I discovered Lewis in the mid-seventies. I’m not sure how, though it probably was from reading Tolkien and learning of their friendship. The first book I read of Lewis’ was not one of his theology works. It was the first book in his fiction space trilogy, Out of the Silent Planet (affiliate link).
It captivated me, as did the other two books. In story form, he reflects on the idea of this being a bent world, in contrast to other worlds that might exist without sin. When I read the Garden of Eden story as it might happen on another planet, with someone from earth trying to help the fruit not be eaten, I was so engaged that I had to stop reading in the middle and walk away for a bit. (In all my reading, this has seldom happened.) I’m not even sure how to describe “That Hideous Strength”, the final book in the trilogy. The mixture of Merlin and intellectualism and higher education and Truth has shaped me in ways I can’t quite identify.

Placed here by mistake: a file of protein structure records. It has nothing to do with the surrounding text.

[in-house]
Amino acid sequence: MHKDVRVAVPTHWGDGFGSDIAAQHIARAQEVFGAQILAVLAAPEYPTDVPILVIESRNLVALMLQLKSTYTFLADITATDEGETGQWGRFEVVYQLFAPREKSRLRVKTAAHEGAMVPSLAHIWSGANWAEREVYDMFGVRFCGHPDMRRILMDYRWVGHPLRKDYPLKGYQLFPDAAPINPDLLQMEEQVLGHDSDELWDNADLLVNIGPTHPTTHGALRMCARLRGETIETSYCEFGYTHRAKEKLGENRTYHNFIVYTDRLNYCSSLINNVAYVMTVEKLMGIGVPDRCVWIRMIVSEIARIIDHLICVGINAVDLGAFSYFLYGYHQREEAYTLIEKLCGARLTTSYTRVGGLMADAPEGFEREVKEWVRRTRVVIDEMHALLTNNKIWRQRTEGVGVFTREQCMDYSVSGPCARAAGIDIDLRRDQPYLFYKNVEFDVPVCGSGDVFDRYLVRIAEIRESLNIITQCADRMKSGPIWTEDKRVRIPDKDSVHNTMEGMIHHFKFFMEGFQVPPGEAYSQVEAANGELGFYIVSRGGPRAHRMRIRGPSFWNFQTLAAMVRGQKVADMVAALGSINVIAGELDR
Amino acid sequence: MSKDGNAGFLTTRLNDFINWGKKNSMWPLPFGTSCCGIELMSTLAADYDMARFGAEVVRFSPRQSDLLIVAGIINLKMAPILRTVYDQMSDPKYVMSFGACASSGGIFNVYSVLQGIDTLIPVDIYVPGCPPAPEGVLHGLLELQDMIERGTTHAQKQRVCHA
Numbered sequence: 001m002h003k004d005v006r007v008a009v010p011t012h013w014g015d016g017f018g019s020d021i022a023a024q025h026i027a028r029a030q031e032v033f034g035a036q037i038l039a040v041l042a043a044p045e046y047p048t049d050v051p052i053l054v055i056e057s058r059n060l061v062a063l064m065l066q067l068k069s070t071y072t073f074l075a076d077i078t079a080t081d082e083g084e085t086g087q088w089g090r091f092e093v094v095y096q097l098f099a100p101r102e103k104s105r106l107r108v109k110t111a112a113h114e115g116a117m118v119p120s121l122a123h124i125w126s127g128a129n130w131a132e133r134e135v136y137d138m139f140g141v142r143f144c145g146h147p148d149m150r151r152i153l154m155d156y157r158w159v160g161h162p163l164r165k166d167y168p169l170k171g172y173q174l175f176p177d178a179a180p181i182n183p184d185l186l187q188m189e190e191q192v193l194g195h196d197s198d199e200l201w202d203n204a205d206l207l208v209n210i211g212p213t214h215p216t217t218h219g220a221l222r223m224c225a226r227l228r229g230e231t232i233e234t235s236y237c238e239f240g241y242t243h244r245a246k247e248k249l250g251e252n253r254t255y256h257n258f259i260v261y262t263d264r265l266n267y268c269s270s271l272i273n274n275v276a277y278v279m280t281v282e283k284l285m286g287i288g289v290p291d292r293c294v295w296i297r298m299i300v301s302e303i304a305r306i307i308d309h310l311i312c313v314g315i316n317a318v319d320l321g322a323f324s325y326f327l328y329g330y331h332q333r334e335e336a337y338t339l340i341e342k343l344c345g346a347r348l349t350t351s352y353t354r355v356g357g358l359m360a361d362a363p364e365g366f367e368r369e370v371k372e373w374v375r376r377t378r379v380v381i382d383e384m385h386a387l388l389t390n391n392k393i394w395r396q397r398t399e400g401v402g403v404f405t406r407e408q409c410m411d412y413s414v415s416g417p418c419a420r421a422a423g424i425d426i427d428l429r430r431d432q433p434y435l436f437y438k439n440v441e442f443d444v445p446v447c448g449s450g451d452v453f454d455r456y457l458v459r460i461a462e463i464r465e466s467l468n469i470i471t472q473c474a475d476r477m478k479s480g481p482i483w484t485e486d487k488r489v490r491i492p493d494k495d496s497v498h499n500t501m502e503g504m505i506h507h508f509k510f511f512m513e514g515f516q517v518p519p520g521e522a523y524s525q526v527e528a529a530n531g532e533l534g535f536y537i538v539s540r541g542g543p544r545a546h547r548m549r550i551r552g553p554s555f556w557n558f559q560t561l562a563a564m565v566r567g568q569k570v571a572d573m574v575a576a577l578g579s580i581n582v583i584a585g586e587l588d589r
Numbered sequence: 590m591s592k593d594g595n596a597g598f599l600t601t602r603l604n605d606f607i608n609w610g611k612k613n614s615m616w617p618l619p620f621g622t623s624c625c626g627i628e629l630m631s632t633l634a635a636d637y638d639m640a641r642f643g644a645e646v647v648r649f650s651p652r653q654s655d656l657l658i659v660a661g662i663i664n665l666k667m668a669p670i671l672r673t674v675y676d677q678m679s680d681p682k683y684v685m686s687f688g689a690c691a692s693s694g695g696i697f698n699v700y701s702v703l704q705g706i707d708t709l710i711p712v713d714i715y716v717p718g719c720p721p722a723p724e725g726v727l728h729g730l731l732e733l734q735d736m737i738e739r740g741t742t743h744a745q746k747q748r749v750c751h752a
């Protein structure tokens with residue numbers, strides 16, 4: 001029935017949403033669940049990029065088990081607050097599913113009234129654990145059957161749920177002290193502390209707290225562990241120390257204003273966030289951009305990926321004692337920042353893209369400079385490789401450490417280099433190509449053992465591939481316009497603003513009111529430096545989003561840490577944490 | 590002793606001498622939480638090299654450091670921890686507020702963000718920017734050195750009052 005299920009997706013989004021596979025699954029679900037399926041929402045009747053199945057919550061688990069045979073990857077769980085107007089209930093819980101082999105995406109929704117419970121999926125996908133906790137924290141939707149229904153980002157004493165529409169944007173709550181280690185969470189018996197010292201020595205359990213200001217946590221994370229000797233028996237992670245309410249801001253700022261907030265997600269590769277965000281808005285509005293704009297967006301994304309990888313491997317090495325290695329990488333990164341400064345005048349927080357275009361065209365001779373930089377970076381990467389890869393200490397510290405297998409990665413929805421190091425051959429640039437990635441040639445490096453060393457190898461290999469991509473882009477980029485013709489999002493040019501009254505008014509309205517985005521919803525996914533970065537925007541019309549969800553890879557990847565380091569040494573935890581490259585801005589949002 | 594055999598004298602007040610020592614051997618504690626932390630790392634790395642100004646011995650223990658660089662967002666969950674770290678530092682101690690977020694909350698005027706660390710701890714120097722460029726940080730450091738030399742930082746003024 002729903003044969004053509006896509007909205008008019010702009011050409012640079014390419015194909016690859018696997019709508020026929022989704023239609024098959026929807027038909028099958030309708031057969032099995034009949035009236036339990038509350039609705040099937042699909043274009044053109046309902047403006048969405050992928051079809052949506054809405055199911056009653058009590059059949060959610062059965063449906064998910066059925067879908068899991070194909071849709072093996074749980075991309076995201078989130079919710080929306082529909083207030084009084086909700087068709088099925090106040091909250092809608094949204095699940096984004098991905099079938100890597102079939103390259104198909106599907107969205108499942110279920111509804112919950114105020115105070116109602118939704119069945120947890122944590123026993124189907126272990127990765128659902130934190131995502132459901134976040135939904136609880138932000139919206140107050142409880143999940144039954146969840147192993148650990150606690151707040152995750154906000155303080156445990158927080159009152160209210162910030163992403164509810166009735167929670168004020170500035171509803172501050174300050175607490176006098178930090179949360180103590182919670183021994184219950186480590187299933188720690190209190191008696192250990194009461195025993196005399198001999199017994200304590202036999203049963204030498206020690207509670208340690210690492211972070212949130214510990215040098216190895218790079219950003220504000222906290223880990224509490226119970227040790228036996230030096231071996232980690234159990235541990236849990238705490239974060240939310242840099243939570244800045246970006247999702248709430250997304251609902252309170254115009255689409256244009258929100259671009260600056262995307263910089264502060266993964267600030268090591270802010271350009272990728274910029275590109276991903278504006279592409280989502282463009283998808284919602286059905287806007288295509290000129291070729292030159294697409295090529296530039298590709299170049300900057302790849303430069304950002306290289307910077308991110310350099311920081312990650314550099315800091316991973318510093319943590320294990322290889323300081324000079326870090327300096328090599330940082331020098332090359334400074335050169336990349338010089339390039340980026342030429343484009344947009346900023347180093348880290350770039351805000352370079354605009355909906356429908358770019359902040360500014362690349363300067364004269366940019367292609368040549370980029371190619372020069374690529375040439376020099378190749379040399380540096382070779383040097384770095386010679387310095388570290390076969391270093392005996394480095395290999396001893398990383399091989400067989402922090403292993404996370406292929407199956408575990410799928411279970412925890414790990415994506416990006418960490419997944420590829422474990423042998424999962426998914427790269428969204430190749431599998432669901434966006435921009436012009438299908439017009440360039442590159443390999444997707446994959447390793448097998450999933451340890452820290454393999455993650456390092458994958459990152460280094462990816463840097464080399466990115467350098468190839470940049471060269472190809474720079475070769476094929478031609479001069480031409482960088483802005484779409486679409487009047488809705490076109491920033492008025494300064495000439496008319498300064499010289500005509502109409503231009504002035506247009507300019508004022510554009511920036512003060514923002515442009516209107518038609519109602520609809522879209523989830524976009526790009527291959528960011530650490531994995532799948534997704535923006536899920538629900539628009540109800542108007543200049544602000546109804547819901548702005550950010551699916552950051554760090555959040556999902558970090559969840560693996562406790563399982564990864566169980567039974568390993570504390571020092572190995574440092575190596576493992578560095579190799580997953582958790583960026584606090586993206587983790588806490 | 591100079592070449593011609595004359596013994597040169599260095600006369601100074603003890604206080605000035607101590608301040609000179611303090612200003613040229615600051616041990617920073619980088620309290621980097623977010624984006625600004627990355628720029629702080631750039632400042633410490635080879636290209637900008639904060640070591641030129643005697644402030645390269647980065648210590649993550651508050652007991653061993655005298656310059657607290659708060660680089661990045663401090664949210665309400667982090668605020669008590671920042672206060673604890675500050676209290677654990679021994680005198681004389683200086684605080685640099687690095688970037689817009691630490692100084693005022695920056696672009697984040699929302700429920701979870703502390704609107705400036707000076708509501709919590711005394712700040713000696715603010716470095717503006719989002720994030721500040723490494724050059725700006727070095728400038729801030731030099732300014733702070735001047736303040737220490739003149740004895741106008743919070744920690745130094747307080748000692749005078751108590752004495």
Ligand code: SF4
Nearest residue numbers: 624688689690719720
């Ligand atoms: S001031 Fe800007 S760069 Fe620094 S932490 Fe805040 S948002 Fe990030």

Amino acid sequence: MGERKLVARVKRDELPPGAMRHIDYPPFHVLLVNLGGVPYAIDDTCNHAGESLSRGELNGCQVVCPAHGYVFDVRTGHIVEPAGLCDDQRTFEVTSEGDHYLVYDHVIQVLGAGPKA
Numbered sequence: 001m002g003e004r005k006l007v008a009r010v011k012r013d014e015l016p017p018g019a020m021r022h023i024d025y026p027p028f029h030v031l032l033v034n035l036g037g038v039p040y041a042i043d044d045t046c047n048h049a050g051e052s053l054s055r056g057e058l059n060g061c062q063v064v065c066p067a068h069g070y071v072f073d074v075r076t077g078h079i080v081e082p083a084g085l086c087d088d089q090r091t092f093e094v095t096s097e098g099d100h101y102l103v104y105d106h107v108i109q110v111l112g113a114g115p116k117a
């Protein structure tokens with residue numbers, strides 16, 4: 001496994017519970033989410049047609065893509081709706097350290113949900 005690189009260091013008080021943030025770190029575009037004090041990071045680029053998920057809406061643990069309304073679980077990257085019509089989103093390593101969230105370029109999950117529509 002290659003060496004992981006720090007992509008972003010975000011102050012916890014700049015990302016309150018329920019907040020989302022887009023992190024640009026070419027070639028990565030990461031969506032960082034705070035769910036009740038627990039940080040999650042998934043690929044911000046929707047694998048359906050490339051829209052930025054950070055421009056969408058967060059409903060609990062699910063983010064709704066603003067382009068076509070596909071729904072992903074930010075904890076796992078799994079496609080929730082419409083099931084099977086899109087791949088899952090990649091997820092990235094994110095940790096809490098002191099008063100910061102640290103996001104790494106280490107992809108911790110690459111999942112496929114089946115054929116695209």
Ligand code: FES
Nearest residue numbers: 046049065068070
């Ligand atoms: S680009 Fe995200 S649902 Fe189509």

I’ve read much of Lewis’ other work. I’ve taught some of it. I’ve recommended some of it. It’s significant. It’s thought-provoking. But these three books worked their way into my heart, into my imagination. I never stopped to think about why until today.
It’s the story.
If you want to win assent, make arguments. If you want to change lives, tell stories.